This tale of a young Wisenheimer is plenty crafty and features a satisfyingly fitting requital.

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PICTURE DAY PERFECTION

A clever tale about a kid who wants this year to be his showcase for the perfect school picture.

The unnamed narrator might as well be called Wisenheimer. He tells readers that he really is excited about making this year’s school photo the best ever, but they’ve got a right to wonder. He doesn’t try to curb his hair—it’s “the worst case of bedhead ever”—or find an alternative to his favorite shirt, which is found stained, wrinkled and smelly in the bottom of the hamper. He gets syrup all over his head at breakfast (it somehow magically disappears in what film critics would call a “continuity error”), then into a touch of spitball trouble with the bus driver, which puts a scowl on his face when he has to sit up front. Readers may start to catch on after he gets paint on himself in art class: Maybe Wisenheimer is just a standard slobby kid, and the perfect photo was never fated to be. Then the story turns on a dime, and then on another dime, and maybe more attention should have been paid to that bedhead, which does look somewhat like the devil’s horns. Diesen has crafted a nice piece of work, and Santat’s Photoshop illustrations have a polish that heightens the immediacy of the moment.

This tale of a young Wisenheimer is plenty crafty and features a satisfyingly fitting requital. (Picture book. 4-8)

Pub Date: Sept. 3, 2013

ISBN: 978-1-4197-0844-2

Page Count: 32

Publisher: Abrams

Review Posted Online: June 26, 2013

Kirkus Reviews Issue: July 15, 2013

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In contrast to the carbs and desserts pictured, though sweet, this is unlikely to stick with readers.

BAGEL IN LOVE

A romance for carb (and pun!) lovers who dance to their own drummers and don’t give up on their dreams.

Bagel is a guy who loves to dance; when he’s tapping and twirling, he doesn’t feel plain. The problem is, he can’t find a partner for the Cherry Jubilee Dance Contest. Poppy says his steps are half-baked. Pretzel, “who was at the spa getting a salt rub…told him his moves didn’t cut the mustard.” He strikes out in Sweet City, too, with Croissant, Doughnut, and Cake. But just when he’s given up, he hears the music from the contest and can’t help moving his feet. And an echoing tap comes back to him. Could it be a partner at last? Yep, and she just happens to smell sweet and have frosting piled high. Bagel and Cupcake crush the contest, but winning the trophy? That “was just icing on the cake,” as the final sentence reads, the two standing proudly with a blue ribbon and trophy, hearts filling the space above and between them. Dardik’s digital illustrations are pastel confections. Sometimes just the characters’ heads are the treats, and other times the whole body is the foodstuff, with tiny arms and legs added on. Even the buildings are like something from “Hansel and Gretel.” However, this pun-filled narrative is just one of many of its ilk, good for a few yuks but without much staying power.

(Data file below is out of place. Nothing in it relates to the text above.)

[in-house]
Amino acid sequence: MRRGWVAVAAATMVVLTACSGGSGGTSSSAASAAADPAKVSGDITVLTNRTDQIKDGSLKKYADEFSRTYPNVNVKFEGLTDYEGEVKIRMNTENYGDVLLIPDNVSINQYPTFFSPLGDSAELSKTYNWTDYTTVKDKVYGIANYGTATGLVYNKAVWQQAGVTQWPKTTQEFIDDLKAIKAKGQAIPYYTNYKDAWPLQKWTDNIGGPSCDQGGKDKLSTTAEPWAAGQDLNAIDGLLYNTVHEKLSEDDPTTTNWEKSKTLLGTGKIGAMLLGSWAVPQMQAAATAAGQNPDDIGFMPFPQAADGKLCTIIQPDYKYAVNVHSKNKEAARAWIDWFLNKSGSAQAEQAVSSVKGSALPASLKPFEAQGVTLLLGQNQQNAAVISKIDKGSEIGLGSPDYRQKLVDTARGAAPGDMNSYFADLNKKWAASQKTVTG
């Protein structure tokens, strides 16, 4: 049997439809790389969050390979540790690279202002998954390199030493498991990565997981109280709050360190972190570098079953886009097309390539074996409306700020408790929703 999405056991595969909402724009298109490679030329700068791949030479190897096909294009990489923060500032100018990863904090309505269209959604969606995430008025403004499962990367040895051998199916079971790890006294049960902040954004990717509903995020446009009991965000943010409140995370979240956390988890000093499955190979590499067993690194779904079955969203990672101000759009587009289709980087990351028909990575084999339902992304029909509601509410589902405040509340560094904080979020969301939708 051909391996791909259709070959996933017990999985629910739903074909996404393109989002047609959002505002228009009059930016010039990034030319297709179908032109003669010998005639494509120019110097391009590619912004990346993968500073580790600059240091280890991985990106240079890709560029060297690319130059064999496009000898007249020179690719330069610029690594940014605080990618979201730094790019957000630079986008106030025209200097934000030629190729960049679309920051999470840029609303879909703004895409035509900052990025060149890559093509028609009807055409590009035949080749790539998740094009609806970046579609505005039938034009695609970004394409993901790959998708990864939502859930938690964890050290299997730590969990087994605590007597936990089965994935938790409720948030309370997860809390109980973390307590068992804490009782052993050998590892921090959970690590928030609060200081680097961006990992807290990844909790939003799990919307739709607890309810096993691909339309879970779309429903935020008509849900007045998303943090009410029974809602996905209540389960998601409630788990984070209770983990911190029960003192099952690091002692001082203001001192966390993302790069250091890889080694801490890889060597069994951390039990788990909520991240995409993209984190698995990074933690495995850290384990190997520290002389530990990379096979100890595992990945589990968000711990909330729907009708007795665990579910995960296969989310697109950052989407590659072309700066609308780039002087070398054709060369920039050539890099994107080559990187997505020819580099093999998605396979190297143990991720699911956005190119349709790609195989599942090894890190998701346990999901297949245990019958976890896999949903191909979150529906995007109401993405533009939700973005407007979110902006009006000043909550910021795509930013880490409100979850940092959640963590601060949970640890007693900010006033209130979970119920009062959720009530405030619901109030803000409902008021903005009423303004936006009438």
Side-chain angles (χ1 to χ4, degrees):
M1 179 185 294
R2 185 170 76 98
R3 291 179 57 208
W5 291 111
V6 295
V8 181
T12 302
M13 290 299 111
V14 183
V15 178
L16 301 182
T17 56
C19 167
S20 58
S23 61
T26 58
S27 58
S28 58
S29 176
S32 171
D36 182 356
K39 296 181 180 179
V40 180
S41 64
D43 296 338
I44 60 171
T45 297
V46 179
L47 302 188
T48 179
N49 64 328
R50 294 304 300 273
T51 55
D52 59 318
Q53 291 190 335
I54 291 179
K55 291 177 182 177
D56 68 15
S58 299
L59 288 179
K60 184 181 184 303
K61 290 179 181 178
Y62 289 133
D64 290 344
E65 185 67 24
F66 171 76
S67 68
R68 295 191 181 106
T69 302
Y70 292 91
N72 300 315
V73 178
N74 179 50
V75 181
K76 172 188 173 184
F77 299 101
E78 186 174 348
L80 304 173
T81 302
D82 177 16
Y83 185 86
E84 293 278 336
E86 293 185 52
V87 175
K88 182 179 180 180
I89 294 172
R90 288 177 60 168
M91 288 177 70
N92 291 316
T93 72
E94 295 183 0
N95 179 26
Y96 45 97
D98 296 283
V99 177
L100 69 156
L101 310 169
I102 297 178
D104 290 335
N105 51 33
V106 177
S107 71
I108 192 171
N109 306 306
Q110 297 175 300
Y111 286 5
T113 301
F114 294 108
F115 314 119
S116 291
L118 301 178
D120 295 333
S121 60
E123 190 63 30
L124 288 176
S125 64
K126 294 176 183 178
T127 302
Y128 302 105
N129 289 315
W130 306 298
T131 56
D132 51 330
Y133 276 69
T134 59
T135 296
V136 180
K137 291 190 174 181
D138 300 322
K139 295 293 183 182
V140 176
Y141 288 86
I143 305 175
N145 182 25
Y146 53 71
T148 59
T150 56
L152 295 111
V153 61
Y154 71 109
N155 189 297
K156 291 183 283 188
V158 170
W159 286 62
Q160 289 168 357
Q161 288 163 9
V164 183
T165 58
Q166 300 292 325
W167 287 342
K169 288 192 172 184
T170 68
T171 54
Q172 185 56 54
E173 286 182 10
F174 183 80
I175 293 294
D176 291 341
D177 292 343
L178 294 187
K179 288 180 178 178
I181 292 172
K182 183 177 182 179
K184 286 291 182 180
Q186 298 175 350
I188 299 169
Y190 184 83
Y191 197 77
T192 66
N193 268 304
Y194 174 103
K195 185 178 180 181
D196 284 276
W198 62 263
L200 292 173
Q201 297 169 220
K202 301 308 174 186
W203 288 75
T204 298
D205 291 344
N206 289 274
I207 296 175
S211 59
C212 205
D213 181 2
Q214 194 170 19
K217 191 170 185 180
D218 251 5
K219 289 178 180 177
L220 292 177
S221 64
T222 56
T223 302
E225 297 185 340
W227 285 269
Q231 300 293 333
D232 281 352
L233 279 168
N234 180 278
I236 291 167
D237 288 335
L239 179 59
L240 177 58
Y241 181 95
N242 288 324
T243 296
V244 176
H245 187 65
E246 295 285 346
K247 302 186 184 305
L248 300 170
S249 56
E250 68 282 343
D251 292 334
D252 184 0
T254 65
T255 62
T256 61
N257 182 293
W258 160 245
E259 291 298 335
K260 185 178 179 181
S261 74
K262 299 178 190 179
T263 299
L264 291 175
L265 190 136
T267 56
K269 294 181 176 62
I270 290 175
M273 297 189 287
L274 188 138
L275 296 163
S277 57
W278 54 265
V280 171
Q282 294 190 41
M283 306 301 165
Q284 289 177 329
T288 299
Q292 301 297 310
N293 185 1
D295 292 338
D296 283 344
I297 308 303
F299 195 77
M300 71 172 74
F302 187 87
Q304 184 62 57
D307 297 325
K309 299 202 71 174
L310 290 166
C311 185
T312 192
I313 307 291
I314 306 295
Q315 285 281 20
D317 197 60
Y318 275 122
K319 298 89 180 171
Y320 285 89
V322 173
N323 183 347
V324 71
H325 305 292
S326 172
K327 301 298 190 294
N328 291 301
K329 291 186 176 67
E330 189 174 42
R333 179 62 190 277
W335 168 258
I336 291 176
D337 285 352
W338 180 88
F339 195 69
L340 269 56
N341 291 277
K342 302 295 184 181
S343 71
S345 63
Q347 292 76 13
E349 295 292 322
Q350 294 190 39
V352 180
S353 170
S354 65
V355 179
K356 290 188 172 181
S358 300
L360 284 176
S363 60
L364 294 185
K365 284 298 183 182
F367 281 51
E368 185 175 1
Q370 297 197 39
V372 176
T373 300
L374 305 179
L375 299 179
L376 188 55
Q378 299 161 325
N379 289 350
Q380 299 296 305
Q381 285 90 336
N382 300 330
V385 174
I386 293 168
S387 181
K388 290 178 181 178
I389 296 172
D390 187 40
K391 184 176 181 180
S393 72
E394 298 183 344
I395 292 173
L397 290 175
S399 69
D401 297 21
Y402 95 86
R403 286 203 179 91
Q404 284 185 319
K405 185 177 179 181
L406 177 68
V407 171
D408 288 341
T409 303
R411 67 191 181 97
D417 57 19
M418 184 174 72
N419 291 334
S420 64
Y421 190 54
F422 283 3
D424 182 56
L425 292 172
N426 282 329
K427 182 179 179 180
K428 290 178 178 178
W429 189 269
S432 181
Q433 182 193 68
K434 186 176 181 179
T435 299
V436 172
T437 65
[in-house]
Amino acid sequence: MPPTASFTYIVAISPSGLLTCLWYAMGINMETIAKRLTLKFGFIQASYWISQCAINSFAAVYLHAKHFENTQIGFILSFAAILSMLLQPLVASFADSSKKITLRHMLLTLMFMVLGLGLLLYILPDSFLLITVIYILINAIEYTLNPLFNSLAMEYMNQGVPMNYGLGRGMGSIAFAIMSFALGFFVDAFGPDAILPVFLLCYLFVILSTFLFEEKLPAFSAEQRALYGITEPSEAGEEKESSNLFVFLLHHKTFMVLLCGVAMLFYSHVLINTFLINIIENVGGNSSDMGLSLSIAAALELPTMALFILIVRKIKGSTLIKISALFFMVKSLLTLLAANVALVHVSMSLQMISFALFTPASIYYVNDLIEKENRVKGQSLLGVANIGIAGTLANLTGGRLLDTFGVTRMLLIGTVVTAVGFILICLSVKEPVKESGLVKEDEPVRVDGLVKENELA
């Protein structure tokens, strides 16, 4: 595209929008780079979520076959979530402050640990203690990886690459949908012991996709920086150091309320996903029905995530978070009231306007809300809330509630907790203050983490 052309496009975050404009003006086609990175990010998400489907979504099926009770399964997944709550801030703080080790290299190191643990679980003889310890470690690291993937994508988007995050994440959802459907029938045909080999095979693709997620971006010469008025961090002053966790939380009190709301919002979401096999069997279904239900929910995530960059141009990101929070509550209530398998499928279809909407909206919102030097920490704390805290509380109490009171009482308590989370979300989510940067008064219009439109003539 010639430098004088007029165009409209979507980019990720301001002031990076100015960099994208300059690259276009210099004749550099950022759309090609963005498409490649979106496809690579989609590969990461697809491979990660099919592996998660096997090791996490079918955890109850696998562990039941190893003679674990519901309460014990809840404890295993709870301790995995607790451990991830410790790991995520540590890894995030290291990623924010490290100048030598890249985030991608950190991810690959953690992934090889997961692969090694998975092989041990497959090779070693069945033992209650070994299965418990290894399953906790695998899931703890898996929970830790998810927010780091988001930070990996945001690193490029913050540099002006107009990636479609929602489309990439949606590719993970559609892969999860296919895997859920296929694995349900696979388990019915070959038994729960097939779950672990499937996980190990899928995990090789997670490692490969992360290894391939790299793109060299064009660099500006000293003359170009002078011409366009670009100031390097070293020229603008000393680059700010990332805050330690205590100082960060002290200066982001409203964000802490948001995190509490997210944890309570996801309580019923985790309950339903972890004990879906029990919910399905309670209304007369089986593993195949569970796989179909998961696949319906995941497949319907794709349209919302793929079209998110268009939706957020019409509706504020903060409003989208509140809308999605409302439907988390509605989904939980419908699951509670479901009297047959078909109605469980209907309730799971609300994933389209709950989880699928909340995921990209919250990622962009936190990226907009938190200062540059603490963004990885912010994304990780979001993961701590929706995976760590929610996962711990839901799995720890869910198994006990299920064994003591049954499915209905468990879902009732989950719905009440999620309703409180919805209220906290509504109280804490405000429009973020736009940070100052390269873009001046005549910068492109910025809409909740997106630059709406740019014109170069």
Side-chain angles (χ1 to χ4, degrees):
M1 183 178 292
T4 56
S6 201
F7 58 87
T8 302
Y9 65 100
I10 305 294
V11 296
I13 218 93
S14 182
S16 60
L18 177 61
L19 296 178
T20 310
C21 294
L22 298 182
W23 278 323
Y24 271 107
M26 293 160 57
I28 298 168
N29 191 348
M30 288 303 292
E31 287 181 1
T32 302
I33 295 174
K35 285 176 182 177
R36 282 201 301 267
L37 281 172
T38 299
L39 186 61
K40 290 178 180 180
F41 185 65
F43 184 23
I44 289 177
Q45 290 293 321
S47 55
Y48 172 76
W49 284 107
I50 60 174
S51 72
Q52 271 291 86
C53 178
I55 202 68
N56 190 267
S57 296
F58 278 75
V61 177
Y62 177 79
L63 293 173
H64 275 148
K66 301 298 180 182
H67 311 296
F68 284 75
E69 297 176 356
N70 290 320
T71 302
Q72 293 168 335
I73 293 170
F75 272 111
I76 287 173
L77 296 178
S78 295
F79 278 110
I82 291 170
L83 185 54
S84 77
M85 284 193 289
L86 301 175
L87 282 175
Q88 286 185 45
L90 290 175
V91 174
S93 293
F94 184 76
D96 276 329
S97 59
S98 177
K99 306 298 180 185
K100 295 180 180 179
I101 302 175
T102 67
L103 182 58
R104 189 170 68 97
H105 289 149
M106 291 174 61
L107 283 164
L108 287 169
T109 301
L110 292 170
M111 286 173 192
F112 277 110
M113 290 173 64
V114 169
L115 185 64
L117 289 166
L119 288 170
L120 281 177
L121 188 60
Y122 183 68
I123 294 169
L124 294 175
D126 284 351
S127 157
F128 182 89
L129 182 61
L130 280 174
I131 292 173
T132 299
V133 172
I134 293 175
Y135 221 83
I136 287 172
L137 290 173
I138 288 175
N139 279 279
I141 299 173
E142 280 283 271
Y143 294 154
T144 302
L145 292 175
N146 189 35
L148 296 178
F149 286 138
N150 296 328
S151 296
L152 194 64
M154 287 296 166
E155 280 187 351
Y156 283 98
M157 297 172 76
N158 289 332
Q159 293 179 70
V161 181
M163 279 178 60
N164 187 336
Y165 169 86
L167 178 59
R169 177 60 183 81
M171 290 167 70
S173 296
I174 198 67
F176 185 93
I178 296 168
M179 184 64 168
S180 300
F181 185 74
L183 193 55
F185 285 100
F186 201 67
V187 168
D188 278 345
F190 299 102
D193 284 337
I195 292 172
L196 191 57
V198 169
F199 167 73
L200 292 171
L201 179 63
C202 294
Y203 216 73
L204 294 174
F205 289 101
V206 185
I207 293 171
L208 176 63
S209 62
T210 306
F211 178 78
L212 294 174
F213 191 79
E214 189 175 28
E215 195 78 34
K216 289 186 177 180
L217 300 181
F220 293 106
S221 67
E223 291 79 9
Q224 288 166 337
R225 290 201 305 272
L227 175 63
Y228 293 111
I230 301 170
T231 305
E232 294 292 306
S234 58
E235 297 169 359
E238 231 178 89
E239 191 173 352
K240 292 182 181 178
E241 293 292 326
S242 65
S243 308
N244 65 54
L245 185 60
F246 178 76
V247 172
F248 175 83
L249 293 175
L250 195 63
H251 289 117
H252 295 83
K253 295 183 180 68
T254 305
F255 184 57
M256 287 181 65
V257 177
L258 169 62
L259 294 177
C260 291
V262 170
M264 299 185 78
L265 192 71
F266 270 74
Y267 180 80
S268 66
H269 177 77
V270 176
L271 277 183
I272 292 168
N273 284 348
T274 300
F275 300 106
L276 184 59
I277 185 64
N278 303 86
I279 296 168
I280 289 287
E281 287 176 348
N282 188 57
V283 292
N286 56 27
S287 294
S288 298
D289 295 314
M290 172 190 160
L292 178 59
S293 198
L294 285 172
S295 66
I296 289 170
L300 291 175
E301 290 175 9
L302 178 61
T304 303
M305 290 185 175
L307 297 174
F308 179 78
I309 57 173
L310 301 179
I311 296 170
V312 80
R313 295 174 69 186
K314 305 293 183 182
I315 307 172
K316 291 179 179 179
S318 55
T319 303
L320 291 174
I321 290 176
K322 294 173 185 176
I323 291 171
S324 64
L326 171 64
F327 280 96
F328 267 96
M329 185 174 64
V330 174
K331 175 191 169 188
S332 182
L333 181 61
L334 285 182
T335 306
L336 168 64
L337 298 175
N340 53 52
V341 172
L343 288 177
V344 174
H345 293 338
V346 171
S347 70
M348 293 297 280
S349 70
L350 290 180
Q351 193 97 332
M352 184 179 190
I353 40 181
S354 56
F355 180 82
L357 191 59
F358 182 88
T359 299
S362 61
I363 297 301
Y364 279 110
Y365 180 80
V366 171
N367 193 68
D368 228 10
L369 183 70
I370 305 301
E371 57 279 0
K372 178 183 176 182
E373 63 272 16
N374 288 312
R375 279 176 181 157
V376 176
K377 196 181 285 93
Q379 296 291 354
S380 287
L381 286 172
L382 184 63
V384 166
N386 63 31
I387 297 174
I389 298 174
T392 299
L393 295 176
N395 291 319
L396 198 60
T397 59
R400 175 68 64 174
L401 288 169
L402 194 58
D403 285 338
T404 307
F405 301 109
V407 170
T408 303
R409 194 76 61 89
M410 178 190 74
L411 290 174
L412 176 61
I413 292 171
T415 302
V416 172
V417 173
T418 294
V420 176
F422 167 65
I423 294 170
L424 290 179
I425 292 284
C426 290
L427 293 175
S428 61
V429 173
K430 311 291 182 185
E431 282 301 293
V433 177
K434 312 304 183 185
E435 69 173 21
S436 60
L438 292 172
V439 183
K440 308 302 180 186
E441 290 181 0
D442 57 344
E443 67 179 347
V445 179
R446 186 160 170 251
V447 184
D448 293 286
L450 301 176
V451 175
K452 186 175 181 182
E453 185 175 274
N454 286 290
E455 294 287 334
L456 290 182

In contrast to the carbs and desserts pictured, though sweet, this is unlikely to stick with readers. (Picture book. 5-8)

Pub Date: Jan. 2, 2018

ISBN: 978-1-4549-2239-1

Page Count: 32

Publisher: Sterling

Review Posted Online: Sept. 18, 2017

Kirkus Reviews Issue: Oct. 1, 2017

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A validating and breathtaking next chapter of a Mother Goose favorite.

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AFTER THE FALL (HOW HUMPTY DUMPTY GOT BACK UP AGAIN)

Humpty Dumpty, classically portrayed as an egg, recounts what happened after he fell off the wall in Santat’s latest.

An avid ornithophile, Humpty had loved being atop a high wall to be close to the birds, but after his fall and reassembly by the king’s men, high places—even his lofted bed—become intolerable. As he puts it, “There were some parts that couldn’t be healed with bandages and glue.” Although fear bars Humpty from many of his passions, it is the birds he misses the most, and he painstakingly builds (after several papercut-punctuated attempts) a beautiful paper plane to fly among them. But when the plane lands on the very wall Humpty has so doggedly been avoiding, he faces the choice of continuing to follow his fear or to break free of it, which he does, going from cracked egg to powerful flight in a sequence of stunning spreads. Santat applies his considerable talent for intertwining visual and textual, whimsy and gravity to his consideration of trauma and the oft-overlooked importance of self-determined recovery. While this newest addition to Santat’s successes will inevitably (and deservedly) be lauded, younger readers may not notice the de-emphasis of an equally important part of recovery: that it is not compulsory—it is OK not to be OK.

A validating and breathtaking next chapter of a Mother Goose favorite. (Picture book. 4-8)

Pub Date: Oct. 3, 2017

ISBN: 978-1-62672-682-6

Page Count: 45

Publisher: Roaring Brook

Review Posted Online: July 17, 2017

Kirkus Reviews Issue: Aug. 1, 2017

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